At last, progress on the pond!

DSC01280A previous blog described the problems we have been having with one of our ponds that had developed a leak. This was back in August and ever since then we have been trying to get it fixed.16_08_10_3163Having removed the liner the base of the pond was dug out further ready for a concrete base. 16_10_09_3558The next stage was to get the sides and base to dry out ready for fiber-glassing.  This meant we have had to put plastic sheeting over the pond.

If you look at the above pictures you can see that we have taken the opportunity of this disruption to revive the bed beyond the pond. The very large rose in the centre of that bed is Rosa omeiensis  pteracantha. This wild rose has very wide, decorative, reddish prickles that sit on a long base on the young shoots. It is therefore also known as barbed wire rose. The flowers are typical “wild rose” type and always flower early in spring.rosa-omeiensisThe rose does get huge and we decided to cut it down to the ground and let it shoot up again. Within a couple of weeks it was vigorously shooting.16_08_09_3161Meanwhile the water lily plants from the pond have been sitting on some spare ground.16_10_09_3559New planting cages were obtained together with aquatic compost to plant up the water lilies. We then just waited wand waited for the fiber-glassing company to arrive. Then at last they came last Saturday and what a change they made.16_11_02_3620Fiber-glassing is an excellent way to water proof a pond. There is no untidy liner to worry and leaks (if they occur) can easily be repaired.16_11_02_3619

Connections for the pump and electrics can also be done through the side of the pond which gives a much more tidy solution compared with a liner.16_11_03_3623The pump has been connected up and will supply a water feature which empties into the rill. The various terracotta chimney pots are just to provide some shelter for any fish and the stack of blocks in the corner is a shelf for marginal plants. 16_11_05_3626And then at last the pond was filled!16_11_05_3631The water lilies were planted up in the new plant cages16_11_05_3630and placed in the pond. There are basically to varieties, a red and a white one. They are both quite vigorous and are suitable for a pond of this size. So we now need to sort out the marginals and also finalise the water feature to restore the pond to it former glory:2010_20100621_434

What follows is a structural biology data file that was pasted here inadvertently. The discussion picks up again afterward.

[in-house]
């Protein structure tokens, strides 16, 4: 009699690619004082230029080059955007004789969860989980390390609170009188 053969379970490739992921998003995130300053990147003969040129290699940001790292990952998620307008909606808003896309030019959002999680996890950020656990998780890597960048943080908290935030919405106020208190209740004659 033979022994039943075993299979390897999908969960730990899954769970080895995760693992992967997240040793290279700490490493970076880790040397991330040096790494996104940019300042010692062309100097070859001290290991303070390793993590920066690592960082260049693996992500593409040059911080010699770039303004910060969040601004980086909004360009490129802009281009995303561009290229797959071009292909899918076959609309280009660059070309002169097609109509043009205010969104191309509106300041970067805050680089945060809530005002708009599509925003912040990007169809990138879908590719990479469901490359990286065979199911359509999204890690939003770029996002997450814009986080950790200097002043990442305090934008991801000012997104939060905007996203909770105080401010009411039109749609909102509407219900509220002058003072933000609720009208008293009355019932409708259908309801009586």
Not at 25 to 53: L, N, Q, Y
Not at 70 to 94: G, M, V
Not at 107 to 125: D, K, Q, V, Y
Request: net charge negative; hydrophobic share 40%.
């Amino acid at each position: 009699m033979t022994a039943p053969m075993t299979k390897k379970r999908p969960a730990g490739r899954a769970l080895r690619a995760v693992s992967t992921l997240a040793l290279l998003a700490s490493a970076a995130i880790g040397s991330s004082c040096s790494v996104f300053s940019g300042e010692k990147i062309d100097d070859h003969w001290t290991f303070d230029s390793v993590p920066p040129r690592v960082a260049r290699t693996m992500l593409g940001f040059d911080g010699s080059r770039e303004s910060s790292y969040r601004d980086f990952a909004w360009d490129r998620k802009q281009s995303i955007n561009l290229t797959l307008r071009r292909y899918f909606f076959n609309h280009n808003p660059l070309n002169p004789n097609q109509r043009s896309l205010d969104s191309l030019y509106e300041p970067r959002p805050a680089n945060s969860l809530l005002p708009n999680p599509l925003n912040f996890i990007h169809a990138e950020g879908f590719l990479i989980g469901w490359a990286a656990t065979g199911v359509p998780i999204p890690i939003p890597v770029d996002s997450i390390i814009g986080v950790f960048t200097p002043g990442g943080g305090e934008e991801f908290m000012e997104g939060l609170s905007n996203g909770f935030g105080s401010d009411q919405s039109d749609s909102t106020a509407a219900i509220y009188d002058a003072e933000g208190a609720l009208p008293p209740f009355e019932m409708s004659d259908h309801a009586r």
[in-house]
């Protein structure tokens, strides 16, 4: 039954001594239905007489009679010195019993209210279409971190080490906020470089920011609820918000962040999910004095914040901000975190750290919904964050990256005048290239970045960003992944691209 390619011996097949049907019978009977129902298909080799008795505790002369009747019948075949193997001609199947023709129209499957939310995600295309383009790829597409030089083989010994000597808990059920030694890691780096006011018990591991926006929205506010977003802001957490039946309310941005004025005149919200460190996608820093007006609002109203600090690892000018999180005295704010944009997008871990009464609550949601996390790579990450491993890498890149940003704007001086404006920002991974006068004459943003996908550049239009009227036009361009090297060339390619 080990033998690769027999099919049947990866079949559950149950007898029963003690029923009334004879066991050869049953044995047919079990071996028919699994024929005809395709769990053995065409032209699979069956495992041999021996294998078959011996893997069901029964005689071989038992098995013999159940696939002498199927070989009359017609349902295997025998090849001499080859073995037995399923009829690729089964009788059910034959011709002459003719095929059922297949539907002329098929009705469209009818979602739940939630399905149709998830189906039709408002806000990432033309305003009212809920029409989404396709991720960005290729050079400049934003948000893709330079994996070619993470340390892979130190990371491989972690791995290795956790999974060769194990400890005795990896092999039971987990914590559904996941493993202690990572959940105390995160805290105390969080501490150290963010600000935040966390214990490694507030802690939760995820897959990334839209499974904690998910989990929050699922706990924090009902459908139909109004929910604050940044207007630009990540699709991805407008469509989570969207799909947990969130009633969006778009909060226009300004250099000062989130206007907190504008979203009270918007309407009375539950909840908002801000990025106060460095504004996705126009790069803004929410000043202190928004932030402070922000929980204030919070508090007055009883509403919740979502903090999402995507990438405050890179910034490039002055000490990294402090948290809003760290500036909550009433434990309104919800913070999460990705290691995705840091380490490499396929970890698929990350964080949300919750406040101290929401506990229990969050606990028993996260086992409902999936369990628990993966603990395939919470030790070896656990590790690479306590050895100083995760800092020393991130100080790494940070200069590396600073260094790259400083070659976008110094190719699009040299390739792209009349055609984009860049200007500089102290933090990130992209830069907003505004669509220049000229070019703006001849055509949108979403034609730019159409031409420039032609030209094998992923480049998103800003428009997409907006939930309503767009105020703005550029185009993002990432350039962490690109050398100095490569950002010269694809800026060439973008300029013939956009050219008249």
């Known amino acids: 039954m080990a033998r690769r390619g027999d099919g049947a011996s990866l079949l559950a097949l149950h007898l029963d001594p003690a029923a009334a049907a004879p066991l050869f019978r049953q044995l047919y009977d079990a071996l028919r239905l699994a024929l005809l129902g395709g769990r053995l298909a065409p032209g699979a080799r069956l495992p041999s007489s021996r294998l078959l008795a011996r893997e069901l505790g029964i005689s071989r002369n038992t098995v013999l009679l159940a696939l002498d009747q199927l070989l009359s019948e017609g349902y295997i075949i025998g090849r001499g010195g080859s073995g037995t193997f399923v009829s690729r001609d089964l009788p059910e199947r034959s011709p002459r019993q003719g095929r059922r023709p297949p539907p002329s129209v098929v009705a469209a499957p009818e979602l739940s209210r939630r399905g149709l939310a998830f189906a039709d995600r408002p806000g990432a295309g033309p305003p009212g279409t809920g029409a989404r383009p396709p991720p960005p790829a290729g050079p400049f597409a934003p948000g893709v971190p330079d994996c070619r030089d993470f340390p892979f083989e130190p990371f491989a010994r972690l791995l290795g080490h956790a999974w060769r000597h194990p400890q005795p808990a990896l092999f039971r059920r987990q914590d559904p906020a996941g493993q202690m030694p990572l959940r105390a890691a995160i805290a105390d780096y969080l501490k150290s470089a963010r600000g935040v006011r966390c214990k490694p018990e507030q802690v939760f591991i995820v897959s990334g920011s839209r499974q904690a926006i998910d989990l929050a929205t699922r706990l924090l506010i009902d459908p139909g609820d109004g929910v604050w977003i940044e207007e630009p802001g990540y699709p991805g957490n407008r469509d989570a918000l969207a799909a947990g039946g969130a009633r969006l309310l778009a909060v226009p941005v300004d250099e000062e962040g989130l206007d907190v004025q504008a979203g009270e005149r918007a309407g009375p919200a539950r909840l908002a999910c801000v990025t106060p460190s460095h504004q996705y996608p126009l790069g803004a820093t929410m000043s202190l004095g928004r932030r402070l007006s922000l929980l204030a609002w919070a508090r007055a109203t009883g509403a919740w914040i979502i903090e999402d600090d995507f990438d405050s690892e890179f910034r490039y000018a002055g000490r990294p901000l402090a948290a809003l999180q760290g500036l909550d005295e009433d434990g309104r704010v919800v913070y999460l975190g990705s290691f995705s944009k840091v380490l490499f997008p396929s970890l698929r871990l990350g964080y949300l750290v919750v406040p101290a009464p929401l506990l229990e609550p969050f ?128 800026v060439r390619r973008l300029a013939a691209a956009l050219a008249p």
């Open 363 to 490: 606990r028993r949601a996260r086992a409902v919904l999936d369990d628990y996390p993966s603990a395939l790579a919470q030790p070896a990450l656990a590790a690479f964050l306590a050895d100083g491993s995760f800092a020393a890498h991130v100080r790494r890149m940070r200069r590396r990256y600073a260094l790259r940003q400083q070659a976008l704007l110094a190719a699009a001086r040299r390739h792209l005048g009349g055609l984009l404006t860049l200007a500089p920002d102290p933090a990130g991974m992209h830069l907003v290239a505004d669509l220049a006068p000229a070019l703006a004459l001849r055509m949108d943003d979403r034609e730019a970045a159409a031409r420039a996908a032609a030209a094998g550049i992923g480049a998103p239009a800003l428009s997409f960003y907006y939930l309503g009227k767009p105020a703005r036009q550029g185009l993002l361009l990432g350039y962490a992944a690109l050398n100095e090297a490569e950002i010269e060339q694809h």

This week we have also had the first frosts of winter. Looking again at the dahlias,

see what the frost has done. However, I will not feel so bad about digging them up now!

Gardening Hours
This week Total since June 19th Average per week
17 417 21
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11 thoughts on “At last, progress on the pond!

  1. Wow – how nice to have a functioning pond again. It all looks great, and I learned something new. I will definitely look into fiberglassing – it seems a far superior solution to using liners. Thank you for this! Oh, and I envy your rose. I have seen them in gardens around here, but they get too big for my garden. But when the light hits its massive thorned branches it is indeed a sight to behold. A lovely, lovely plant!

    Liked by 1 person

  2. Great work, Steve, it must be very satisfying to know the job has been done so well. Poor, dahlias, but I’m also pleased to see the back of mine with the return of frosty weather. Your rose sounds like a beautiful beast, I shall look out for it.

    Liked by 1 person

  3. Steve, I’ve really enjoyed a virtual visit to your lovely garden this evening, and am impressed by your discipline of recording hours spent in the garden. I wonder if you’ve both been surprised by how much/little this figure is? After setting myself the additional (actually quite onerous), enjoyable challenge of noting my favourite 12 plants in the garden through the year, every fortnight, I did wonder about moving onto trying to record just what we do in the garden every week – partly out of interest, and partly to help any future custodian ( or more likely put most people off ever purchasing the place!)
    Hugely impressed by how much you raised on your open day, as well,
    best wishes
    Julian

    Liked by 1 person

    • Thanks for your kind comments. When we open our garden I always am asked “how many hours a week do you spend on the garden” To be honest I always assumed it would be high up to the open day and then quite low as we would have the garden perfect on that day. Well it is currently running at around 20 hours a week so who knows what it will be before the next open day!

      Liked by 1 person

  4. Pingback: End of the Month View – April 2017 | Glebe House Garden

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